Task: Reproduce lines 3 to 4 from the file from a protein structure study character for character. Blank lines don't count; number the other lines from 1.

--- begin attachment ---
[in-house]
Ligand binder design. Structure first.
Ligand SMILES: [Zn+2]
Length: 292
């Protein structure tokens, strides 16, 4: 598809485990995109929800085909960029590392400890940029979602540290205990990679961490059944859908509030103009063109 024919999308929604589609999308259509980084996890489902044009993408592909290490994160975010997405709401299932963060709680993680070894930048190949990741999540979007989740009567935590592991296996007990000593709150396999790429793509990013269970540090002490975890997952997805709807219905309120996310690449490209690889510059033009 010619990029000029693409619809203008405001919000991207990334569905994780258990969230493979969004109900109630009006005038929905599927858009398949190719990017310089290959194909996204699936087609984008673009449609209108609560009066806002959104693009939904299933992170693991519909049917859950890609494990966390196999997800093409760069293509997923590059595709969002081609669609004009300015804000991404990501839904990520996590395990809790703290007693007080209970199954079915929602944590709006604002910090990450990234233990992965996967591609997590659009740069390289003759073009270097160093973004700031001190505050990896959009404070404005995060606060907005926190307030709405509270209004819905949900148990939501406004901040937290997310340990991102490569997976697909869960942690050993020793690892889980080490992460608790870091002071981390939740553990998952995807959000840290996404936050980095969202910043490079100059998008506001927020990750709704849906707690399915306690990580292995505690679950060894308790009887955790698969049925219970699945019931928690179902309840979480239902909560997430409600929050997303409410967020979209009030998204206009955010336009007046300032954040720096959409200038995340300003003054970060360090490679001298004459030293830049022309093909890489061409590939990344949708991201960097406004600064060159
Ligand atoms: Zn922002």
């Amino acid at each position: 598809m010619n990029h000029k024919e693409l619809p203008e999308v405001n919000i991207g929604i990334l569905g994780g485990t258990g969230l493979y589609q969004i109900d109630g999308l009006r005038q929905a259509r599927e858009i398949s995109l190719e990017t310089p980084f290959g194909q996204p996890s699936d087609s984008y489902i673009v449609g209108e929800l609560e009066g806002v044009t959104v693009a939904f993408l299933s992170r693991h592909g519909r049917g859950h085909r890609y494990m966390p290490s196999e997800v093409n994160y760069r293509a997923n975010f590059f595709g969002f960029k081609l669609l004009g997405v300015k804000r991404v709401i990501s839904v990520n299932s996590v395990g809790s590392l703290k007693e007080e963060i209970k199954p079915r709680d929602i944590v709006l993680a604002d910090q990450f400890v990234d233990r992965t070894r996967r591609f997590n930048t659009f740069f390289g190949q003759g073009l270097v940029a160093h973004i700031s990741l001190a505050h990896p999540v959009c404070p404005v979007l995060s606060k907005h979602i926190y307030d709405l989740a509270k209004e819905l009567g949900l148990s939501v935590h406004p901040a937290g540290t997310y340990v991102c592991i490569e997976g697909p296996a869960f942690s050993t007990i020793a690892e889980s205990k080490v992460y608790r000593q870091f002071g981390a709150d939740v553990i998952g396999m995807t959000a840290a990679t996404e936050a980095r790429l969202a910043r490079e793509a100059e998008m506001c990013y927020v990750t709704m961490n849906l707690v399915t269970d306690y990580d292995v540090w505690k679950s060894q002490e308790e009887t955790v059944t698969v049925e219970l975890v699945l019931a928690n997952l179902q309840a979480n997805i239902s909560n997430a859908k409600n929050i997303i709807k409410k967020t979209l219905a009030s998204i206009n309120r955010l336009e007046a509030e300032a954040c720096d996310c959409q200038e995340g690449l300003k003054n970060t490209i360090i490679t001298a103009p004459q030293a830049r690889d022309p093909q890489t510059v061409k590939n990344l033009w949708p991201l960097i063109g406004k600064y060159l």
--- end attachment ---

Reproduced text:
Ligand SMILES: [Zn+2]
Length: 292